The Aussies would say, “No worries, Mate!” and invite you slow down and do one thing at a time. Also called mindfulness, it is focusing on being present, really, really present, with the one task that you are trying to complete or the one thing that you are doing.

Have you ever had the experience of being so fully engaged and present in a project that you lost all track of time? This is the opposite of multi-tasking- that crazy randomness of doing several things at once.

I learned from my Australian friends that they do what they can do at this moment and they do not worry about the rest. And they do this moment-by-moment.  This results in a more relaxed and easy going demeanor. They experience less stress.

The Australians also know and understand the value of “taking a break, Mate.” read more

New Year, New You! Revving Up Your Resolutions

New Year New YouIt’s the New Year. A time to celebrate. A time to visualize our future. A time to wish about our hopes and dreams. A time to sow the seeds of intention and resolve to use this new year as a chance to wipe the slate clean, turn to the next chapter of our life, grow and improve, and be the best versions of ourselves that we can be.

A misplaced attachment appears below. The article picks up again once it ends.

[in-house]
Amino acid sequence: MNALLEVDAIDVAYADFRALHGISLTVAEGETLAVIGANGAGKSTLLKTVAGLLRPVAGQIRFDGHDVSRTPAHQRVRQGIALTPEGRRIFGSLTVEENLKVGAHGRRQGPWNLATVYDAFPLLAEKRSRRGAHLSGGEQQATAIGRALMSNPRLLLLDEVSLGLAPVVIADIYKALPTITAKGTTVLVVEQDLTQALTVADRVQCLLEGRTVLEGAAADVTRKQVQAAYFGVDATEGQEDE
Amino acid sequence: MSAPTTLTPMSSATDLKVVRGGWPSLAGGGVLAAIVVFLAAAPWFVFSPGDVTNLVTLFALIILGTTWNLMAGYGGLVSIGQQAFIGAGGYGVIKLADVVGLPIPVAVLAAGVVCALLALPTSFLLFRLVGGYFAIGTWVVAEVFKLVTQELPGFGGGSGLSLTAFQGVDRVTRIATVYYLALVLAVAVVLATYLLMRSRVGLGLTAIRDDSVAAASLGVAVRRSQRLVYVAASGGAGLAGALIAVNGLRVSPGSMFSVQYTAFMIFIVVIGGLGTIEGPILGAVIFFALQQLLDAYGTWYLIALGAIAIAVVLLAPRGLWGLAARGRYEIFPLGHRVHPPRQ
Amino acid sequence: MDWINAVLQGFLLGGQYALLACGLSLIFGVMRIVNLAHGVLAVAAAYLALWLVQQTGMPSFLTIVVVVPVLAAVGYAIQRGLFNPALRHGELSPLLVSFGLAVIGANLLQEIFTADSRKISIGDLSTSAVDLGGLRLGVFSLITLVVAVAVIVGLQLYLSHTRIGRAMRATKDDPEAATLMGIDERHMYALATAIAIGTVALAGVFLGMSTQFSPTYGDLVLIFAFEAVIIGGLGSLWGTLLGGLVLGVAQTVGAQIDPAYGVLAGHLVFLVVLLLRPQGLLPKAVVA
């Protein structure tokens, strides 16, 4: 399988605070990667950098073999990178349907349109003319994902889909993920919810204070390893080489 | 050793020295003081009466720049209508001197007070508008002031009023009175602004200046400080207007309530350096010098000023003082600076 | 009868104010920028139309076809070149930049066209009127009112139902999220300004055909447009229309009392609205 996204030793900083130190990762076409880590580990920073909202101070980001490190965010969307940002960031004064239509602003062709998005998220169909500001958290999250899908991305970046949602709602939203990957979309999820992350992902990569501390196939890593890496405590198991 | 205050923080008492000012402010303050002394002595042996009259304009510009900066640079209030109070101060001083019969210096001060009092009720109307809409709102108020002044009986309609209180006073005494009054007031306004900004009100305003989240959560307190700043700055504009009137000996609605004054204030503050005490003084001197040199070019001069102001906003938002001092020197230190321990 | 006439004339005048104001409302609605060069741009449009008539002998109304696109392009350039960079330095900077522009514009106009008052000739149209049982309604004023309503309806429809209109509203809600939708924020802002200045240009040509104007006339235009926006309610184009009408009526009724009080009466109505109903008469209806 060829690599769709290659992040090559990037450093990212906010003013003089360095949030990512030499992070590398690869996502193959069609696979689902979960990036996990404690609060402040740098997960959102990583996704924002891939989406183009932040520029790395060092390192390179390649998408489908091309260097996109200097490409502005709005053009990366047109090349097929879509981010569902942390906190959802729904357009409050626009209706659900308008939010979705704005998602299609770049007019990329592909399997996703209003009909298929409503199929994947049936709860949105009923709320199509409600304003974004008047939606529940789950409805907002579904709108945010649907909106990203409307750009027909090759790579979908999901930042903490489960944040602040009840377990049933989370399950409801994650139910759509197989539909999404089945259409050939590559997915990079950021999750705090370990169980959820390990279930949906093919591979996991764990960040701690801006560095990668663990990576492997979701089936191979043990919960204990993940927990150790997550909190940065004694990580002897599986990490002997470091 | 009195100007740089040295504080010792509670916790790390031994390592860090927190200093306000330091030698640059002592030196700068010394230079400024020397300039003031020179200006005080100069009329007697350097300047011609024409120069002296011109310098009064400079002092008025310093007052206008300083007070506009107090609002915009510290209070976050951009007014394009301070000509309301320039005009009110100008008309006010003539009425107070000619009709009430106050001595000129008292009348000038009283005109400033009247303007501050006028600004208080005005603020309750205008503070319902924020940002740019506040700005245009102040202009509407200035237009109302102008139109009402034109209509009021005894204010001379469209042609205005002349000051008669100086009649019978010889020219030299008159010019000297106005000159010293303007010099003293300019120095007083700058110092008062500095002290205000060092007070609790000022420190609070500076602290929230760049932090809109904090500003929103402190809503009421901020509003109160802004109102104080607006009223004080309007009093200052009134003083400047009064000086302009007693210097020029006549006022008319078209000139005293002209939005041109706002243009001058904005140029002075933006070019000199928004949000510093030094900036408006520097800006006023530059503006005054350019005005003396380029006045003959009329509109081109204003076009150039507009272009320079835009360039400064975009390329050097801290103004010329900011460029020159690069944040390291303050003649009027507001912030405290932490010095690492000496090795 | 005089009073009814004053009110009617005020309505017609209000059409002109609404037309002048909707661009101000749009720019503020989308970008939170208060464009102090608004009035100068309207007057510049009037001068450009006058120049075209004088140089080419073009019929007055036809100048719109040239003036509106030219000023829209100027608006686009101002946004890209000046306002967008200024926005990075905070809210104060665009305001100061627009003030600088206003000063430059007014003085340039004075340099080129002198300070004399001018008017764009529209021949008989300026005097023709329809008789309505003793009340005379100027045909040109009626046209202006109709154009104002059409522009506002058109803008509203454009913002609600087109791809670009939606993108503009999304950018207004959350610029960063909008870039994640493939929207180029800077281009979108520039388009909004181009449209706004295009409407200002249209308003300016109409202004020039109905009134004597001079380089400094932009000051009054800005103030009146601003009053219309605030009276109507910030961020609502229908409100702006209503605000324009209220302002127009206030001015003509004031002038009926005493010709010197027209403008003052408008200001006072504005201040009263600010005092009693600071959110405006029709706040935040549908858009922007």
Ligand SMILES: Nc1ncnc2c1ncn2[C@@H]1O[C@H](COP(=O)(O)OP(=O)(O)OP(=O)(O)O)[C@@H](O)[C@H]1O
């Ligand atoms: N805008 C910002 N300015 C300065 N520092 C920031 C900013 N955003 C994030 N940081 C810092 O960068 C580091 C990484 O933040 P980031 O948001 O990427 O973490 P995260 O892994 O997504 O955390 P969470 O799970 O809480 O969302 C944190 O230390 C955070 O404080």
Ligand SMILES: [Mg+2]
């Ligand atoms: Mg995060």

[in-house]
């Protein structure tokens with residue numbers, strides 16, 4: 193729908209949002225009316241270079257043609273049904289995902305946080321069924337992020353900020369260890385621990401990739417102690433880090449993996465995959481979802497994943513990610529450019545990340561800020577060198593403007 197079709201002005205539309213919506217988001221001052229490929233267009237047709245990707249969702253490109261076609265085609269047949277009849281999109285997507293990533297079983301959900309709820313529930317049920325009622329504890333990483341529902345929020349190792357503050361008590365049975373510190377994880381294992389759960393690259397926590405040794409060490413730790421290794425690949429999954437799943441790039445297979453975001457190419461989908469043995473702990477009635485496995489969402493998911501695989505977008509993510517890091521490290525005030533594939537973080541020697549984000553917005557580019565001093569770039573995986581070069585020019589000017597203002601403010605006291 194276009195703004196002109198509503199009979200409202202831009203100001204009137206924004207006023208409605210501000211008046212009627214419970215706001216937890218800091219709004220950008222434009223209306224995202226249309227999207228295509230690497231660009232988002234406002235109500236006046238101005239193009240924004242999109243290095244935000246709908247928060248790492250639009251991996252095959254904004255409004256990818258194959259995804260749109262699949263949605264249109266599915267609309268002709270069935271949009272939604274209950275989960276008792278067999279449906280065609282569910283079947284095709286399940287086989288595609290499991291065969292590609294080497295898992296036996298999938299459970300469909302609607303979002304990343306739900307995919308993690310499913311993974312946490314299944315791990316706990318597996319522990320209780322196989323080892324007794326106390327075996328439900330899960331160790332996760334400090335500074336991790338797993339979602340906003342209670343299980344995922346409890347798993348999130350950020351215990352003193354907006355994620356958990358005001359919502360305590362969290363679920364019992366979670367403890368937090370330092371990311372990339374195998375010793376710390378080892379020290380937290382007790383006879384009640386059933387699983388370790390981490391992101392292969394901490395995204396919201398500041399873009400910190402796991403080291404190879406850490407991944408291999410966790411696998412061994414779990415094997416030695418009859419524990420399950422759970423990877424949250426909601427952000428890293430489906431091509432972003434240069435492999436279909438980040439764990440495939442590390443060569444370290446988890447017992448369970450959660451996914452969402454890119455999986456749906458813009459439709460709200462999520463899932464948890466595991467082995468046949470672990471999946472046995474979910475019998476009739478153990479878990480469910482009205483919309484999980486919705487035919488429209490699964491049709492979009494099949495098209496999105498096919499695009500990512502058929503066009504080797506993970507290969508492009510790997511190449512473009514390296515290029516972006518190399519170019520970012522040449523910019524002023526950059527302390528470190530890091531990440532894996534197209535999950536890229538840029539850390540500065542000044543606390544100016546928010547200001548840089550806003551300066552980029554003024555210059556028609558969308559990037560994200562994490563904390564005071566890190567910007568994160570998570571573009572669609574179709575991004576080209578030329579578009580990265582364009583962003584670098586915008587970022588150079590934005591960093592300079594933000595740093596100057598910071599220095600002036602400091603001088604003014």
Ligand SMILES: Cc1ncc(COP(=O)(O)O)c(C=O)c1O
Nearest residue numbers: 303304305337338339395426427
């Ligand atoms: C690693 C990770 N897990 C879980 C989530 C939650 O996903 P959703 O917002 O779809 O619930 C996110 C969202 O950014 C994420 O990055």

Setting resolutions at the New Year is an old tradition for people in the Western hemisphere.  Resolutions are goals, intentions and new habits that we want to integrate to help us have a happy, healthy and prosperous life moving forward. Turning the calendar page and leaping forward into the New Year is the perfect time to reflect on the past and chart our course for the future. 

How many times have you heard yourself saying, “I am going to lose 10 lbs. this year” or “I’m going to exercise more this year.”  It’s almost as if our brains are hardwired to set lofty goals for ourselves during this time of winter hibernation.   

Armed with new goals on index cards or pasted to our bathroom mirror, we start off strong, determined that THIS time it will be different. We will nail our resolutions. And then about two weeks into our new habit we create a little speed bump: We oversleep and are running late, preventing us from eating breakfast; or our late afternoon work meeting lasted really late, stopping us from going to the gym. Simply put, life happens! And even the best of our intentions get derailed.